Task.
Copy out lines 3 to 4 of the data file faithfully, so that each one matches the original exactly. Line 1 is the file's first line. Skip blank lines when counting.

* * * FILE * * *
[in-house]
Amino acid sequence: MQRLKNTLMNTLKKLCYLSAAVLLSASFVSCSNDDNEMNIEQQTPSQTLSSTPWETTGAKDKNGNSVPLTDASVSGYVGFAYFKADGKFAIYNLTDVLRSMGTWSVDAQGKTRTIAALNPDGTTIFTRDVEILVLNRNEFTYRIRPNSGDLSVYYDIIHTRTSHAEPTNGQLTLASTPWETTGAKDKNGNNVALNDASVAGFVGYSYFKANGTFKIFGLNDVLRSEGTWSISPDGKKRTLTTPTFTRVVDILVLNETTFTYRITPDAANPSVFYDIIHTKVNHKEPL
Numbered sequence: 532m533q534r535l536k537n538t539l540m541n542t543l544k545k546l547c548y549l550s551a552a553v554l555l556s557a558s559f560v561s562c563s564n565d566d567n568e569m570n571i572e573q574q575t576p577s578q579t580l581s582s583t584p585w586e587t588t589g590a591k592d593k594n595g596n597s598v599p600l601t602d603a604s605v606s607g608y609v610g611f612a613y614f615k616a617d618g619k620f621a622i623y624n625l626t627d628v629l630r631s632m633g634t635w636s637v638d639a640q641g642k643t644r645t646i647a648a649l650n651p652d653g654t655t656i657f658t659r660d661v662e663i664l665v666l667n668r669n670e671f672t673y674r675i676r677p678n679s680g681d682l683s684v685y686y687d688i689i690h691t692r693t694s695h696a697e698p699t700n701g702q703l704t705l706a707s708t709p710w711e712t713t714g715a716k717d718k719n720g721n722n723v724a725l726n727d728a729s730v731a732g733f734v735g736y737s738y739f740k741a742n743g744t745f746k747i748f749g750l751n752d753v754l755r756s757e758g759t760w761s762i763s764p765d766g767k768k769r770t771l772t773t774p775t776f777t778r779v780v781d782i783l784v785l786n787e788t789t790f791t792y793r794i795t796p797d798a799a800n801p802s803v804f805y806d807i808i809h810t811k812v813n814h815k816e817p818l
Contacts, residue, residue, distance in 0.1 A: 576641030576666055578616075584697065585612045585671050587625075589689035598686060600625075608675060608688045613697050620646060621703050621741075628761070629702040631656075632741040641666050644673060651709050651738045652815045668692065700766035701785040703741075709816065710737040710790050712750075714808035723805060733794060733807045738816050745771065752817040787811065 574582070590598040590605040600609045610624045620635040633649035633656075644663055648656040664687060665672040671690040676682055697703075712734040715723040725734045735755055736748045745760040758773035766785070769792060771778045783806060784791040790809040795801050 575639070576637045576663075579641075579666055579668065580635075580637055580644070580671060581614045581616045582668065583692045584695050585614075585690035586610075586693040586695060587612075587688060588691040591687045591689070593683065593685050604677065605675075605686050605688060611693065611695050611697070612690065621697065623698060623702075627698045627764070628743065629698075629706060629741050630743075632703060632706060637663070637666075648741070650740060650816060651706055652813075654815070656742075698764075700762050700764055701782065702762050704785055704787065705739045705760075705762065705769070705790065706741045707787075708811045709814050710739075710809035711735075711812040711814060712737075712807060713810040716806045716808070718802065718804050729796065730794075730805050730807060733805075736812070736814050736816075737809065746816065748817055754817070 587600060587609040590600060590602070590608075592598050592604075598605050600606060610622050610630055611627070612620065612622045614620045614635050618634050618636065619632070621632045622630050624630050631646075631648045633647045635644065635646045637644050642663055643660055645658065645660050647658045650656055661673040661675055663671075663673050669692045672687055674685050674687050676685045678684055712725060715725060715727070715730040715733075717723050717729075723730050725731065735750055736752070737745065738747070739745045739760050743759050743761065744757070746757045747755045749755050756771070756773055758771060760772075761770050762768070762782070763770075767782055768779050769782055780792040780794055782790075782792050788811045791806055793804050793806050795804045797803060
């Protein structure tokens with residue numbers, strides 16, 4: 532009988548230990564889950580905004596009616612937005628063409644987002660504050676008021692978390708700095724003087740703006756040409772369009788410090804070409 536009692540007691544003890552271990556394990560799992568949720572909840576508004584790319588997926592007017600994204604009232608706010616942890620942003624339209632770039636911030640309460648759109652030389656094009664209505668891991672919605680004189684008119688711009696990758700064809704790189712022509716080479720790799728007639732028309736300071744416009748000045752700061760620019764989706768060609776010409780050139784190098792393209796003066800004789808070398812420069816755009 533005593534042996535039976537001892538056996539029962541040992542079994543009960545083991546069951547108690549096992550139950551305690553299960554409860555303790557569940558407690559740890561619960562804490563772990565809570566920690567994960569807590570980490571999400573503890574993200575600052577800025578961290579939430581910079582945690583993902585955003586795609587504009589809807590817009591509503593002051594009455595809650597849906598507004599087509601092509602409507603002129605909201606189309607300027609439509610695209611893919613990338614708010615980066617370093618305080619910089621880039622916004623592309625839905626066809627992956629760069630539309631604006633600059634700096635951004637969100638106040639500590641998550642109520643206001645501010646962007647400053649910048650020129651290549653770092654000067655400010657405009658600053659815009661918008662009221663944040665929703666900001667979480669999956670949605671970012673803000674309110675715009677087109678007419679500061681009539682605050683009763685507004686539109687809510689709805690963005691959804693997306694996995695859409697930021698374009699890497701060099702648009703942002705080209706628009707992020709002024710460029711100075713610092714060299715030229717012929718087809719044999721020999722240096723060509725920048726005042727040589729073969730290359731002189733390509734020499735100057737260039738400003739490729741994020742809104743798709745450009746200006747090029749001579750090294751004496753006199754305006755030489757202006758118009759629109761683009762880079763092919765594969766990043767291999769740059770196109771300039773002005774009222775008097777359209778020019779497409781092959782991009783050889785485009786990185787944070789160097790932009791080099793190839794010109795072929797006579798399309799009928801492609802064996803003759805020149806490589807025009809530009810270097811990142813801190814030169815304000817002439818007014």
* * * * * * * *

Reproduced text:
Numbered sequence: 532m533q534r535l536k537n538t539l540m541n542t543l544k545k546l547c548y549l550s551a552a553v554l555l556s557a558s559f560v561s562c563s564n565d566d567n568e569m570n571i572e573q574q575t576p577s578q579t580l581s582s583t584p585w586e587t588t589g590a591k592d593k594n595g596n597s598v599p600l601t602d603a604s605v606s607g608y609v610g611f612a613y614f615k616a617d618g619k620f621a622i623y624n625l626t627d628v629l630r631s632m633g634t635w636s637v638d639a640q641g642k643t644r645t646i647a648a649l650n651p652d653g654t655t656i657f658t659r660d661v662e663i664l665v666l667n668r669n670e671f672t673y674r675i676r677p678n679s680g681d682l683s684v685y686y687d688i689i690h691t692r693t694s695h696a697e698p699t700n701g702q703l704t705l706a707s708t709p710w711e712t713t714g715a716k717d718k719n720g721n722n723v724a725l726n727d728a729s730v731a732g733f734v735g736y737s738y739f740k741a742n743g744t745f746k747i748f749g750l751n752d753v754l755r756s757e758g759t760w761s762i763s764p765d766g767k768k769r770t771l772t773t774p775t776f777t778r779v780v781d782i783l784v785l786n787e788t789t790f791t792y793r794i795t796p797d798a799a800n801p802s803v804f805y806d807i808i809h810t811k812v813n814h815k816e817p818l
Contacts, residue, residue, distance in 0.1 A: 576641030576666055578616075584697065585612045585671050587625075589689035598686060600625075608675060608688045613697050620646060621703050621741075628761070629702040631656075632741040641666050644673060651709050651738045652815045668692065700766035701785040703741075709816065710737040710790050712750075714808035723805060733794060733807045738816050745771065752817040787811065 574582070590598040590605040600609045610624045620635040633649035633656075644663055648656040664687060665672040671690040676682055697703075712734040715723040725734045735755055736748045745760040758773035766785070769792060771778045783806060784791040790809040795801050 575639070576637045576663075579641075579666055579668065580635075580637055580644070580671060581614045581616045582668065583692045584695050585614075585690035586610075586693040586695060587612075587688060588691040591687045591689070593683065593685050604677065605675075605686050605688060611693065611695050611697070612690065621697065623698060623702075627698045627764070628743065629698075629706060629741050630743075632703060632706060637663070637666075648741070650740060650816060651706055652813075654815070656742075698764075700762050700764055701782065702762050704785055704787065705739045705760075705762065705769070705790065706741045707787075708811045709814050710739075710809035711735075711812040711814060712737075712807060713810040716806045716808070718802065718804050729796065730794075730805050730807060733805075736812070736814050736816075737809065746816065748817055754817070 587600060587609040590600060590602070590608075592598050592604075598605050600606060610622050610630055611627070612620065612622045614620045614635050618634050618636065619632070621632045622630050624630050631646075631648045633647045635644065635646045637644050642663055643660055645658065645660050647658045650656055661673040661675055663671075663673050669692045672687055674685050674687050676685045678684055712725060715725060715727070715730040715733075717723050717729075723730050725731065735750055736752070737745065738747070739745045739760050743759050743761065744757070746757045747755045749755050756771070756773055758771060760772075761770050762768070762782070763770075767782055768779050769782055780792040780794055782790075782792050788811045791806055793804050793806050795804045797803060